Sunday, June 12, 2005

Boo needs a personal trainer!

WE are having delightful spring weather, warm and sunny and the air smells like summer, warm silver grass smell. After a sweet lunch together at Applebee's, our favorite diner, my son and I took a walk in the neighborhood, past all the little houses sitting on huge lots surrounded by very old trees and lots of rose bushes. Boo went with, of course, on his jaunty red leash, and heading out the door, he was a ball of fire, ready to explore the great unknown. A lot of our walk was shady because the trees tunnel the street now that they are in glorious full leaf. Nevertheless, after waddling along pedantically, Boo panted and started to flag, then, on our way back, he just beelined it for a shady, leafy place and flopped down and refused to move. Well, we sat down with him, doused him with the water we had so smartly brought with us, and waited for him to cool down. I thought, what a smart little cookie this dog is. When he is tired, he just stops. I don't do that. I will fight sleep till I am so pooped, I crash and burn. Wouldn't it be great if I knew all my limitations, if I had this inner dashboard of warning lights, like my car has, that would flash at me when I was running out of fuel, or needed to cool down my engine, or was about to emit something I would be sorry for later? Well, actually, I do. I have an AA sponsor, who will always help me read the flashing lights and recommend what I do about that. Kind of sweet. Meanwhile, I need to exercise this little black dog more. Guess that personal trainer is me.

Saturday, June 11, 2005

I think my computer just farted, again.

Remember when we were smarter than our machines? I mean, my car does some very interesting things, like all the doors lock 30 seconds after I turn on the key. And when I press the gizmo to open the doors, the inside light goes on, very handy when I am out in the boonies, at night, as I often am. And while it gives this polite little dingdingding if I neglect to fasten the seatbelt before starting the engine, it will eventually swear at me with that dinger if I don't do it till I get on the road. Well, the computer now also has my best interests at heart and is constantly reminding me to upgrade my virus protection, etc. Little windows pop-up at the most irritating times. Recently there was a balloon message from my toolbar saying that there were 17 upgrades ready to be loaded. I ignored it, until this big window rose up like Venus from the sea, with a noise better suited to announce the Second Coming and scared the you-know-what out of me as I noodled around in my mahjohnng game, so I did it, I upgraded. And after it restarted itself, rather rudely, I must say, my wallpaper came up, without my desktop. I knew it, I knew those upgrades were going to be trouble. I don't know how I got my desktop back, I just kept playing around with it and there it was again. I do like the new look of my media player, and now my firewall is installed, whoopee. I hope that is all for a while. My heart cannot take another pronouncement of impending doom.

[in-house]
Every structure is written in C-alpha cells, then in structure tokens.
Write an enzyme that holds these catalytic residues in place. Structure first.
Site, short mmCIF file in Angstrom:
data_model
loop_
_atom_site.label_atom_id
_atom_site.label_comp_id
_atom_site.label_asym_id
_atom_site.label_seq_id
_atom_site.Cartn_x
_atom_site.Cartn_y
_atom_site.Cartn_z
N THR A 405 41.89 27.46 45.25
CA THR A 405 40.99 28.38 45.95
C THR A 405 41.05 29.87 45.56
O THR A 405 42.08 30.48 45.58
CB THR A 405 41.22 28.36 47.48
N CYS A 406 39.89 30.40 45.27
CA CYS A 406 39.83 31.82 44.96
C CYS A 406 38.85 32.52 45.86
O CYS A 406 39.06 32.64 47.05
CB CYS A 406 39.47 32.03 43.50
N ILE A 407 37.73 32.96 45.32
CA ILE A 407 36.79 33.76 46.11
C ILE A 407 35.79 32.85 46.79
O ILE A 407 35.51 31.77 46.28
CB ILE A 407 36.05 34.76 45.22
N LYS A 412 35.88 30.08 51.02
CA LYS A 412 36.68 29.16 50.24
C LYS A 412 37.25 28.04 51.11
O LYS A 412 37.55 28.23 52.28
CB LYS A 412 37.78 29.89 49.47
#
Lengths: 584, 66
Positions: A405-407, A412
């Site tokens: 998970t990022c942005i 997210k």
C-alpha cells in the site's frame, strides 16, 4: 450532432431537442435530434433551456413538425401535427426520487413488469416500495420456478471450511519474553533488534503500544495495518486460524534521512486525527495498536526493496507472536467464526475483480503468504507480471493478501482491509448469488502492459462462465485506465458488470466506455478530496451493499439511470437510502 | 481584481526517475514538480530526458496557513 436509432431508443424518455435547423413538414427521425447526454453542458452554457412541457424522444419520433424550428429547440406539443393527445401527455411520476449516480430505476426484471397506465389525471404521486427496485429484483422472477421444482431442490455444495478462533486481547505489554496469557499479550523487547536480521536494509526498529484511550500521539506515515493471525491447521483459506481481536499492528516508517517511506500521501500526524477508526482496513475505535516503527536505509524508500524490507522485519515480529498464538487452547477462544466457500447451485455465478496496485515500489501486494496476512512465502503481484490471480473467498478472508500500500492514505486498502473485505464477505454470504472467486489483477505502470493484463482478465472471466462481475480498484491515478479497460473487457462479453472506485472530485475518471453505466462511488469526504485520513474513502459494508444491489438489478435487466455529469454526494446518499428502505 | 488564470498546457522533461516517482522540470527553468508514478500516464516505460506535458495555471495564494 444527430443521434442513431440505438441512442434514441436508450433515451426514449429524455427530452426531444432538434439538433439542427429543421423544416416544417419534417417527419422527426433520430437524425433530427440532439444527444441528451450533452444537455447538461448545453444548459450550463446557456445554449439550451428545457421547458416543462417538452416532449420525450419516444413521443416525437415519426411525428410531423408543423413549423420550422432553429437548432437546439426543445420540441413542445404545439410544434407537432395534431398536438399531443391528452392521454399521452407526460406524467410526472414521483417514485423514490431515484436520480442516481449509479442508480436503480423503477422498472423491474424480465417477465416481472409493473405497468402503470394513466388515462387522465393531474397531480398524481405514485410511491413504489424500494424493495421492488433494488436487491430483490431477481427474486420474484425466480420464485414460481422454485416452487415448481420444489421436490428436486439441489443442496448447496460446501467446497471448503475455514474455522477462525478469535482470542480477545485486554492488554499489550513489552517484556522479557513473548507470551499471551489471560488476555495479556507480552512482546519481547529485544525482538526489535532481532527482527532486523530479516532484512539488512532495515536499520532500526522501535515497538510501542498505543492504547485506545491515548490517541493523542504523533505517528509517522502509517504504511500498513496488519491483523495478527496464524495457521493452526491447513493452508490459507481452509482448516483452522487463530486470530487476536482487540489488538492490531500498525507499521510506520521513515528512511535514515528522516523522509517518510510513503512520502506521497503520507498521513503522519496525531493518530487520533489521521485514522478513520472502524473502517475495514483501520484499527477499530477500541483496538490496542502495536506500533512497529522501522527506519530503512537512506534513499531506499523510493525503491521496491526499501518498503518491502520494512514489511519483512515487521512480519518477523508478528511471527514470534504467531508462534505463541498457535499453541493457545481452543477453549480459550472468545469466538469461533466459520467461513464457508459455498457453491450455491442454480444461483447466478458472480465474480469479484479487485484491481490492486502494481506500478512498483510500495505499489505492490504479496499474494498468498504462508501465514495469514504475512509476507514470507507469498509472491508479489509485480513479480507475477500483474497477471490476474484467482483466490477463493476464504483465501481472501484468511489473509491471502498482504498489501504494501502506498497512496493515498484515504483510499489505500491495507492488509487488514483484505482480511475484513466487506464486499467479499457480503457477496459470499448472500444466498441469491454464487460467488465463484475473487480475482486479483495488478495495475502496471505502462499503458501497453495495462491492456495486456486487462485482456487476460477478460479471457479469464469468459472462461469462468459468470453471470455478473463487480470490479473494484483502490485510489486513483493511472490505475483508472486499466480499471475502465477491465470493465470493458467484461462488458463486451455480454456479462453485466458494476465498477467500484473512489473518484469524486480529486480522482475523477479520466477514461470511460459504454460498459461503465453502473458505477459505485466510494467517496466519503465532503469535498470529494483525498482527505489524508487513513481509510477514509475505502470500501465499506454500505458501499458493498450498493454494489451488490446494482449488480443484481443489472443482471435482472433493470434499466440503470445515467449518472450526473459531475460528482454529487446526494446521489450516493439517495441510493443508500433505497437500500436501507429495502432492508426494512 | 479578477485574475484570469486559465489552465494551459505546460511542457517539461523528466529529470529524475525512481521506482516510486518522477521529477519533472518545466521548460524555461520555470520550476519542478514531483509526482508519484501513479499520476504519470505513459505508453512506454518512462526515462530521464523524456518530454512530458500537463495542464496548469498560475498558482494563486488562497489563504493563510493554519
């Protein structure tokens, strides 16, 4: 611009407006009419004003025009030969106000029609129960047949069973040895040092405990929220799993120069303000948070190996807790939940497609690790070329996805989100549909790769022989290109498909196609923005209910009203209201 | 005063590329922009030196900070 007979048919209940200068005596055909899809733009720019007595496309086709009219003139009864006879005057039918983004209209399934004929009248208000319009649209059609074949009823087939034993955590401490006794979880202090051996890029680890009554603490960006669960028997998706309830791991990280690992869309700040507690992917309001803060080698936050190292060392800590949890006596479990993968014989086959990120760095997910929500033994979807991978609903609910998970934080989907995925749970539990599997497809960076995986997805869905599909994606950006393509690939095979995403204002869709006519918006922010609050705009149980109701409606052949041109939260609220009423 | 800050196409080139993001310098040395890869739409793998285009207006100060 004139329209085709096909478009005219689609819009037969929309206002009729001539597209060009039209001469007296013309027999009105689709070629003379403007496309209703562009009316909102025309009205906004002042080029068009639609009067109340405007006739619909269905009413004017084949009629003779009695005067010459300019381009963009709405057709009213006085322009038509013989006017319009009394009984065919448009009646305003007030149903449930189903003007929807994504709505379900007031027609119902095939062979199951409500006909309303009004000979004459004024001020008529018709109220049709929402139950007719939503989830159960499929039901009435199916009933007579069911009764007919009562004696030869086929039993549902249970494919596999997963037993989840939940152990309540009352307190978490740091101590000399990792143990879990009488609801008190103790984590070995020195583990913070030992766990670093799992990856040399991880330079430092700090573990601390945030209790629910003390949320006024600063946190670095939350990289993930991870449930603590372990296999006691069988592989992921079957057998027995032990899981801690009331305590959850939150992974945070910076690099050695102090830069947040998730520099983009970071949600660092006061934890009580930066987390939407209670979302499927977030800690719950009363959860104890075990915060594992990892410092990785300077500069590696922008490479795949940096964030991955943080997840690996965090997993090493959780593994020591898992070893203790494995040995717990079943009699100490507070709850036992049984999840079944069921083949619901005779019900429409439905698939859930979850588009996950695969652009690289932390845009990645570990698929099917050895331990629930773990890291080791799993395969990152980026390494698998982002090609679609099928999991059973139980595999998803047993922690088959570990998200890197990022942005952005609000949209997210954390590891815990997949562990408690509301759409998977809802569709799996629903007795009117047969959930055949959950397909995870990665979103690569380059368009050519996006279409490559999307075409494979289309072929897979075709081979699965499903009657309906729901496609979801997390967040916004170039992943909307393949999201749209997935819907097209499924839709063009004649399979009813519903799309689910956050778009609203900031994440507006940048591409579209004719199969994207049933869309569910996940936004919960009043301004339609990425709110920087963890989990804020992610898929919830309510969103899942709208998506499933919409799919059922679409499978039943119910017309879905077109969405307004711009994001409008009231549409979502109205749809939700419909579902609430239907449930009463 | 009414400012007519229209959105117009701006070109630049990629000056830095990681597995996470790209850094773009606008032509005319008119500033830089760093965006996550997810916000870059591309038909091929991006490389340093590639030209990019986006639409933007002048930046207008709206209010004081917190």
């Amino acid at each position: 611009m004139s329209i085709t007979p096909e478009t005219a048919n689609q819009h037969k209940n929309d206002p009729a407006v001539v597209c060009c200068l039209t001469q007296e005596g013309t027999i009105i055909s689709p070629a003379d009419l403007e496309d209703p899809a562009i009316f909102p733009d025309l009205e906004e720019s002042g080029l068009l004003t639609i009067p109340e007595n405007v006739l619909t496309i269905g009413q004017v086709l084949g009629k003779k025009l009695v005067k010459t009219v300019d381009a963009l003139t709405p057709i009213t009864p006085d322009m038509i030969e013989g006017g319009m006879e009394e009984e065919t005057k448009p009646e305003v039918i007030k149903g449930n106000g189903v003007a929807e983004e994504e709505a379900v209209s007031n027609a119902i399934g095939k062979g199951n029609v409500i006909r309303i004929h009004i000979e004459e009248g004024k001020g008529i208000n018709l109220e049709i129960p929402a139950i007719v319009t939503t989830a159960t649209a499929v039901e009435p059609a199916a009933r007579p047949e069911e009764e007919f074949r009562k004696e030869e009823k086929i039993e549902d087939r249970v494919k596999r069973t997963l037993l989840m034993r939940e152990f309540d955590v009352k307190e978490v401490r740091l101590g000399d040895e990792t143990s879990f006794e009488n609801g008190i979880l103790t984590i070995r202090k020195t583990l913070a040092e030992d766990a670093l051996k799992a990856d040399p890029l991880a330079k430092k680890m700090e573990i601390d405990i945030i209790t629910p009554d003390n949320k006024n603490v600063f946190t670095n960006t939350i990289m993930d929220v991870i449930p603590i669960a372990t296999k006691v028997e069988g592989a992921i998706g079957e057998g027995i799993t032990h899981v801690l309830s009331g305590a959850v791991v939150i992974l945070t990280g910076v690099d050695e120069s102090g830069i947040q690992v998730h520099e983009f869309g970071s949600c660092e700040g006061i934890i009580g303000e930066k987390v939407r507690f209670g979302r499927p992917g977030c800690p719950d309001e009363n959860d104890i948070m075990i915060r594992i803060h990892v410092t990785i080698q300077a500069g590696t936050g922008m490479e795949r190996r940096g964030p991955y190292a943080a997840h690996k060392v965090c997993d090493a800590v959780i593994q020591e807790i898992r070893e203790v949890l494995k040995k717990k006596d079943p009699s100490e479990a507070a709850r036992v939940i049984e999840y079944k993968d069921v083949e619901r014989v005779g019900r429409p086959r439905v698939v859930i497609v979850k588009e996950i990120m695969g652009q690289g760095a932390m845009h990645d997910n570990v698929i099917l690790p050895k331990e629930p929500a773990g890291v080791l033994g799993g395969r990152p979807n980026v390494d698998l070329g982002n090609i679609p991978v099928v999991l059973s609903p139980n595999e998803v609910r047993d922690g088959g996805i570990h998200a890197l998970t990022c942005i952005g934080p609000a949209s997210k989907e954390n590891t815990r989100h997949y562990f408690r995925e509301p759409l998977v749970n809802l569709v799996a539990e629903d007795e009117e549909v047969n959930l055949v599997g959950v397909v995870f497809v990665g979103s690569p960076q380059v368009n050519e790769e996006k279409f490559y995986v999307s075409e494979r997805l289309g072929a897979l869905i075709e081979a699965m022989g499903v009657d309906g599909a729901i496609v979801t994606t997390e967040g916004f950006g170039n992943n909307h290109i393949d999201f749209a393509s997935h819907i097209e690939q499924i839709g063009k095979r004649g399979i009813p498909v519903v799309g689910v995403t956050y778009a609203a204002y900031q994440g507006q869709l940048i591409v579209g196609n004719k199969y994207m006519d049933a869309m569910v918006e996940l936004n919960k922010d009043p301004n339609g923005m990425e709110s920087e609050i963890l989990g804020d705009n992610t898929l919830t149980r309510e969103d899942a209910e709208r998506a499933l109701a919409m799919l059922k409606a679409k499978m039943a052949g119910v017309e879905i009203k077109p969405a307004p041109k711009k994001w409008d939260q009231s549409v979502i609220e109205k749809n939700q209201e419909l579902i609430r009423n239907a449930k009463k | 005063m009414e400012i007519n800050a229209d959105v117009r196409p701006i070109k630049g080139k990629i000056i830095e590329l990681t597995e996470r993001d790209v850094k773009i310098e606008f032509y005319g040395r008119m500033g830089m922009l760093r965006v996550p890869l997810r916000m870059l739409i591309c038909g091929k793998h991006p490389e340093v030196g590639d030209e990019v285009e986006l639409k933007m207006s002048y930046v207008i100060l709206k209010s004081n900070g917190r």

Friday, June 10, 2005

I'm happy to report that the oven works very well.

Please, no applause, but I baked yesterday. This is a rare and wondrous occurence. The oven in our old Wedgewood on the edge of the world sucked. It just sat there forever warming up and cost a bloody fortune in the propane it consumed, so baking went away in my life for a long, long time. It's back! I was on the hook to bring the goodies for my womens' meeting last night, which usually means a trip to Costco for something yummy like cheesecake. Instead I took two trips to the supermarket, no, not soul-sucking Safeway but our local one at the end of our street, G&G, the one everyone says is so wonderful. First I trooped down there on foot, Boo stayed home. I had my little list with me, and I got everything on it. On the way home, I realized I might not have enough butter. So back I went, after my soap opera, I know my priorities. The cookies I chose were done in three stages, I mean, this was a production. Bake the crust, then bake the filling, then frost the suckers. Lots of sugar and butter, how could you go wrong. And they came out fine and everyone was impressed and I even ate two of them myself, after dining on yogurt to leave the room for all those wonderful calories. I am glad I have not forgotten how to do this stuff. Once upon a time, I was happy-hands-at-home woman, sewing and knitting and collecting recipes right and left. Every meal was an adventure, from Beef Wellington to Coq au Vin. And crepes, ah I just loved making them. There was always a stack in the freezer, little wafers with waxed paper between them, ready to be filled with vanilla creme and topped with cinammon apples or fresh strawberries, or served for dinner filled with ham and mushrooms or chicken curry. Actually, I have fonder memories of the food than the experience. Dusting and cleaning were pretty blah occupations to fill up a day. Unfortunately, they still are, as I am about to find out. Whatever, I brought home a few of those cookies. I will need to work hard to be able to fit them into my daily caloric intake index.